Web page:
There are 90 species of mammals in the Caribbean including sperm whales, humpback whales and dolphins. The island of Jamaica is home to seals and manatees. The Caribbean monk seal which lived in the Caribbean is considered extinct. Solenodons and hutias are mammals found only in the Caribbean; only one extant species is not endangered.
There are 500 species of reptiles (94% of which are endemic). Islands are inhabited by some endemic species such as rock iguanas and American crocodile. The blue iguana, endemic to the island of Grand Cayman, is endangered. The green iguana is invasive to Grand Cayman. The Mona ground iguana which inhabits the island of Mona, Puerto Rico, is endangered. The rhinoceros iguana from the island of Hispaniola which is shared between Haiti and the Dominican Republic is also endangered. The region has several types of sea turtle (loggerhead, green turtle, hawksbill, leatherback turtle, Atlantic ridley and olive ridley). Some species are threatened with extinction. Their populations have been greatly reduced since the 17th century – the number of green turtles has declined from 91 million to 300,000 and hawksbill turtles from 11 million to less than 30,000 by 2006.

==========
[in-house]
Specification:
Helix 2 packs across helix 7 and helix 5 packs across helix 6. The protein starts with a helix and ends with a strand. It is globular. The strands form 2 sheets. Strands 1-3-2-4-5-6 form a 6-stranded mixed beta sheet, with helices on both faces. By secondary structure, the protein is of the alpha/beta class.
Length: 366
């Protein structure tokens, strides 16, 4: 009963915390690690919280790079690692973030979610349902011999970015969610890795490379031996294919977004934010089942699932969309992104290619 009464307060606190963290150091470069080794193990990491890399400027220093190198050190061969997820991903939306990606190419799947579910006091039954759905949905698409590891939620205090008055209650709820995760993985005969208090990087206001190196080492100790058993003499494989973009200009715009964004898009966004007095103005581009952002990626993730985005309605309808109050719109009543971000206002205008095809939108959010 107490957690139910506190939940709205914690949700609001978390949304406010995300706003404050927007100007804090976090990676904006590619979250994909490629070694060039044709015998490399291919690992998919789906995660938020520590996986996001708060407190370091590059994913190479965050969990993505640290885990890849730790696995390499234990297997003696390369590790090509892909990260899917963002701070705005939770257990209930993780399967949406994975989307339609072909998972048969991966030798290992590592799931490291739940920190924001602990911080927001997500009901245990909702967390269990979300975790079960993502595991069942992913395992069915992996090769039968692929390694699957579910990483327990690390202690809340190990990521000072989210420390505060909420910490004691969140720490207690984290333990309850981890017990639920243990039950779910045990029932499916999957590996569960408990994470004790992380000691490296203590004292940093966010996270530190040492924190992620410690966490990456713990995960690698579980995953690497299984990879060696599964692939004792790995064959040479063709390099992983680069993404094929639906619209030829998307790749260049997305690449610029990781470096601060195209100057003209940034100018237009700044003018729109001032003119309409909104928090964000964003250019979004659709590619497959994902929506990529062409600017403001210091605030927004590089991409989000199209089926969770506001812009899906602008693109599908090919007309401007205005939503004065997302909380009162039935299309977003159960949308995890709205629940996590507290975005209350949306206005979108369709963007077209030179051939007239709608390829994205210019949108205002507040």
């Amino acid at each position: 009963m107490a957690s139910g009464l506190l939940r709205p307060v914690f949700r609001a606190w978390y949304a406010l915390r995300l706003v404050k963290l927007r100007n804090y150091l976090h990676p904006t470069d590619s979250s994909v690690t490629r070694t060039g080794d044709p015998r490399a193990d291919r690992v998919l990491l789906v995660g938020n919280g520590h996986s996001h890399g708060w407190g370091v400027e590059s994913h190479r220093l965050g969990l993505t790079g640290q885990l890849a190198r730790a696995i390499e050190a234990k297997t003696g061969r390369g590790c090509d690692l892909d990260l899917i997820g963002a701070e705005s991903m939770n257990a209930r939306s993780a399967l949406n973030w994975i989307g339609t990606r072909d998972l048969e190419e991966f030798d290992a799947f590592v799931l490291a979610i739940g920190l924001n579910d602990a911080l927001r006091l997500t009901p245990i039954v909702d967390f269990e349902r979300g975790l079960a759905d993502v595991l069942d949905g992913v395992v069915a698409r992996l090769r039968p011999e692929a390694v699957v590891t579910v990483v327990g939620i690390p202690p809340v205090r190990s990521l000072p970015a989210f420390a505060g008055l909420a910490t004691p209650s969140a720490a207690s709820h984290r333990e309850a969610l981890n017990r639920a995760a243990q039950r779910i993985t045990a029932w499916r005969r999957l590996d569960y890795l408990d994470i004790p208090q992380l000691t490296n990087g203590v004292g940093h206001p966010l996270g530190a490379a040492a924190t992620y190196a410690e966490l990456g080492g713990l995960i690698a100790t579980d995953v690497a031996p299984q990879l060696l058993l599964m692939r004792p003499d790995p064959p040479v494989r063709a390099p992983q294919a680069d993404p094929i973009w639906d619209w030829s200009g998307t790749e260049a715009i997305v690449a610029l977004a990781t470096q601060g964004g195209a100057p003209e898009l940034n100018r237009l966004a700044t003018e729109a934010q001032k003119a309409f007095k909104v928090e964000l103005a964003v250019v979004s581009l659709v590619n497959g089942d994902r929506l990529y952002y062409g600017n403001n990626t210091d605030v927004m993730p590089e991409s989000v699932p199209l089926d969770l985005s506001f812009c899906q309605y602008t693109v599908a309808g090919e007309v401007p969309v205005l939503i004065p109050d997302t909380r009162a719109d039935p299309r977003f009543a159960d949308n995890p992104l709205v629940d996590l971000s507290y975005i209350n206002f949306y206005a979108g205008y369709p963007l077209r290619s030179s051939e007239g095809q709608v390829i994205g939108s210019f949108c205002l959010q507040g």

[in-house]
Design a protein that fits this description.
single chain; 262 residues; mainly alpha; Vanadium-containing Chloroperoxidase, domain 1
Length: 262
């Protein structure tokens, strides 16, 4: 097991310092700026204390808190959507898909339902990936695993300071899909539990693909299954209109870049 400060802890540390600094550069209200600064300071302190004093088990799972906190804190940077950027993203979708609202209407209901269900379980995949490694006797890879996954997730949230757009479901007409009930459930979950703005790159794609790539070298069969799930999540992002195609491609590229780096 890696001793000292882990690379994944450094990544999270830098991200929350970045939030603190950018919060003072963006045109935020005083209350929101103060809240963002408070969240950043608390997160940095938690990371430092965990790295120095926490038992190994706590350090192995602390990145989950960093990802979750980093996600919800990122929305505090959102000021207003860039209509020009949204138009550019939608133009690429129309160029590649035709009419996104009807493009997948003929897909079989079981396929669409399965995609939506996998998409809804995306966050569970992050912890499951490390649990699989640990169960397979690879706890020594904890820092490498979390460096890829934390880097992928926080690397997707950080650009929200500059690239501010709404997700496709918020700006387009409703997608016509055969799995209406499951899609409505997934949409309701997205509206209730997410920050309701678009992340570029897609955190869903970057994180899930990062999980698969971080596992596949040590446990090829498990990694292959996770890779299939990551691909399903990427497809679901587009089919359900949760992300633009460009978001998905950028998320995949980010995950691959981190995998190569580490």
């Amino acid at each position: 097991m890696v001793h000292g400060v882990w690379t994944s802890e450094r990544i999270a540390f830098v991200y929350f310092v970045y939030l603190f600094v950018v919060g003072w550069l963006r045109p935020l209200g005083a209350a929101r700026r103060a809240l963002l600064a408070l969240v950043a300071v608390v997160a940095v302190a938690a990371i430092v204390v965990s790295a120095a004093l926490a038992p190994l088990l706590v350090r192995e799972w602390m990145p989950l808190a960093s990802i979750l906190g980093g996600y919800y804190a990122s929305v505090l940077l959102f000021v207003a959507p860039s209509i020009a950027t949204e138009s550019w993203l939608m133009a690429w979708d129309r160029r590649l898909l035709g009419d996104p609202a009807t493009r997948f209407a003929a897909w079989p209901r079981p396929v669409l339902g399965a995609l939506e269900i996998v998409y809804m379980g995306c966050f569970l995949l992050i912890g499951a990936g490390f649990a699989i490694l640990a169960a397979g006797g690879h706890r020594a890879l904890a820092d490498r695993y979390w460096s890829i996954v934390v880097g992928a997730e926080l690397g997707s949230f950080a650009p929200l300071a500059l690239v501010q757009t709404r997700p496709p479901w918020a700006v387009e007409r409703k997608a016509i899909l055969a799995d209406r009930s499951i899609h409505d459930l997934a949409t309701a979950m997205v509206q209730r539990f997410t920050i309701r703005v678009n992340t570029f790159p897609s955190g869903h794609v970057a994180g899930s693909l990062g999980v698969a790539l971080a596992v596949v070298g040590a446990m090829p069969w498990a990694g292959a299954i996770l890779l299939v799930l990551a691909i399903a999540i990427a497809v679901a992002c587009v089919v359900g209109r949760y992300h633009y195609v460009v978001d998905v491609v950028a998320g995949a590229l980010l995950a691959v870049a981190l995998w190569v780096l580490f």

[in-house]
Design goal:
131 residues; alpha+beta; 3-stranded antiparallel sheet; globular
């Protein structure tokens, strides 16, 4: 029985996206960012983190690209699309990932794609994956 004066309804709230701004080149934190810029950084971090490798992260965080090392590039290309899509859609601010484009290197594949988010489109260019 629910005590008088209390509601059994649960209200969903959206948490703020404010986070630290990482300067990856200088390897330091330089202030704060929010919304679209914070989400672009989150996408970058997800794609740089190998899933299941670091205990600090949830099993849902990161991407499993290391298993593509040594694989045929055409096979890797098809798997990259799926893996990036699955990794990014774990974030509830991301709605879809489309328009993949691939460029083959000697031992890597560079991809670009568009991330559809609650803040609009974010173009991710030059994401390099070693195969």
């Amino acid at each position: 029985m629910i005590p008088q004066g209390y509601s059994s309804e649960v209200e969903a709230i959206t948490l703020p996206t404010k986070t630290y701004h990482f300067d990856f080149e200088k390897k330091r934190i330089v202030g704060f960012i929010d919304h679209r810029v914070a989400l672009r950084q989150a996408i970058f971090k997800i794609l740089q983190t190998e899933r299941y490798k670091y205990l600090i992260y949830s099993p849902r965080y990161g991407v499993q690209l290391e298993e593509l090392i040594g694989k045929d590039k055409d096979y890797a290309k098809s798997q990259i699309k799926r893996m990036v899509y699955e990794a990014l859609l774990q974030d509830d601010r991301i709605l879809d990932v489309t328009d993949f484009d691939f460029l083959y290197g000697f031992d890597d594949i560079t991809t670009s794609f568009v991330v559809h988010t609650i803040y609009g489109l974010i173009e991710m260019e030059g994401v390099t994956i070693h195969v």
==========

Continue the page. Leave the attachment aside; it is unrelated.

All 170 species of amphibians that live in the region are endemic. The habitats of almost all members of the toad family, poison dart frogs, tree frogs and leptodactylidae (a type of frog) are limited to only one island. The Golden coqui is in serious threat of extinction.
In the Caribbean, 600 species of birds have been recorded, of which 163 are endemic such as todies, Fernandina's flicker and palmchat. The American yellow warbler is found in many areas, as is the green heron. Of the endemic species 48 are threatened with extinction including the Puerto Rican amazon, and the Zapata wren. According to Birdlife International in 2006 in Cuba 29 species of bird are in danger of extinction and two species officially extinct. The black-fronted piping guan is endangered. The Antilles along with Central America lie in the flight path of migrating birds from North America so the size of populations is subject to seasonal fluctuations.Parrots and bananaquits are found in forests. Over the open sea can be seen frigatebirds and tropicbirds.